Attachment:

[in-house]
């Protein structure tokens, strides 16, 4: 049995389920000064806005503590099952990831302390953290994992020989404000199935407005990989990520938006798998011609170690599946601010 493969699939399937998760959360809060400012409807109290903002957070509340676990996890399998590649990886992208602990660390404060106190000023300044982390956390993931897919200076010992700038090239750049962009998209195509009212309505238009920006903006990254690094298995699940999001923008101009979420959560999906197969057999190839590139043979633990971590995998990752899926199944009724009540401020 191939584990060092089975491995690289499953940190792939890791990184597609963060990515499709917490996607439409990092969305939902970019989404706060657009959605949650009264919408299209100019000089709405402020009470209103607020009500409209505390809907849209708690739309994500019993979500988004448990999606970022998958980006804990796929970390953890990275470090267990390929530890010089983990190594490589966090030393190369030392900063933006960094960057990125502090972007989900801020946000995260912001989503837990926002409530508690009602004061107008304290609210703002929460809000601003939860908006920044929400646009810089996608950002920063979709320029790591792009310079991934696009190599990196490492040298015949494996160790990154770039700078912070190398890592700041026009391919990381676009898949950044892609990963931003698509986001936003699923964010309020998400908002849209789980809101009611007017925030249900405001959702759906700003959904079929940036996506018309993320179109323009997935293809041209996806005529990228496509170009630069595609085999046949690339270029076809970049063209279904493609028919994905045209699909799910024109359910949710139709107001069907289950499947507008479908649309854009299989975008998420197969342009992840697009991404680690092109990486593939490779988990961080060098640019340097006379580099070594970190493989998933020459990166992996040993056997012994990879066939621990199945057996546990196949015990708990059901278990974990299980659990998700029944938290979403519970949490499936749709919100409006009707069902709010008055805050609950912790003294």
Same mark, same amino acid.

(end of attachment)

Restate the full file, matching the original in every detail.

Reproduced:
[in-house]
């Protein structure tokens, strides 16, 4: 049995389920000064806005503590099952990831302390953290994992020989404000199935407005990989990520938006798998011609170690599946601010 493969699939399937998760959360809060400012409807109290903002957070509340676990996890399998590649990886992208602990660390404060106190000023300044982390956390993931897919200076010992700038090239750049962009998209195509009212309505238009920006903006990254690094298995699940999001923008101009979420959560999906197969057999190839590139043979633990971590995998990752899926199944009724009540401020 191939584990060092089975491995690289499953940190792939890791990184597609963060990515499709917490996607439409990092969305939902970019989404706060657009959605949650009264919408299209100019000089709405402020009470209103607020009500409209505390809907849209708690739309994500019993979500988004448990999606970022998958980006804990796929970390953890990275470090267990390929530890010089983990190594490589966090030393190369030392900063933006960094960057990125502090972007989900801020946000995260912001989503837990926002409530508690009602004061107008304290609210703002929460809000601003939860908006920044929400646009810089996608950002920063979709320029790591792009310079991934696009190599990196490492040298015949494996160790990154770039700078912070190398890592700041026009391919990381676009898949950044892609990963931003698509986001936003699923964010309020998400908002849209789980809101009611007017925030249900405001959702759906700003959904079929940036996506018309993320179109323009997935293809041209996806005529990228496509170009630069595609085999046949690339270029076809970049063209279904493609028919994905045209699909799910024109359910949710139709107001069907289950499947507008479908649309854009299989975008998420197969342009992840697009991404680690092109990486593939490779988990961080060098640019340097006379580099070594970190493989998933020459990166992996040993056997012994990879066939621990199945057996546990196949015990708990059901278990974990299980659990998700029944938290979403519970949490499936749709919100409006009707069902709010008055805050609950912790003294």
Same mark, same amino acid.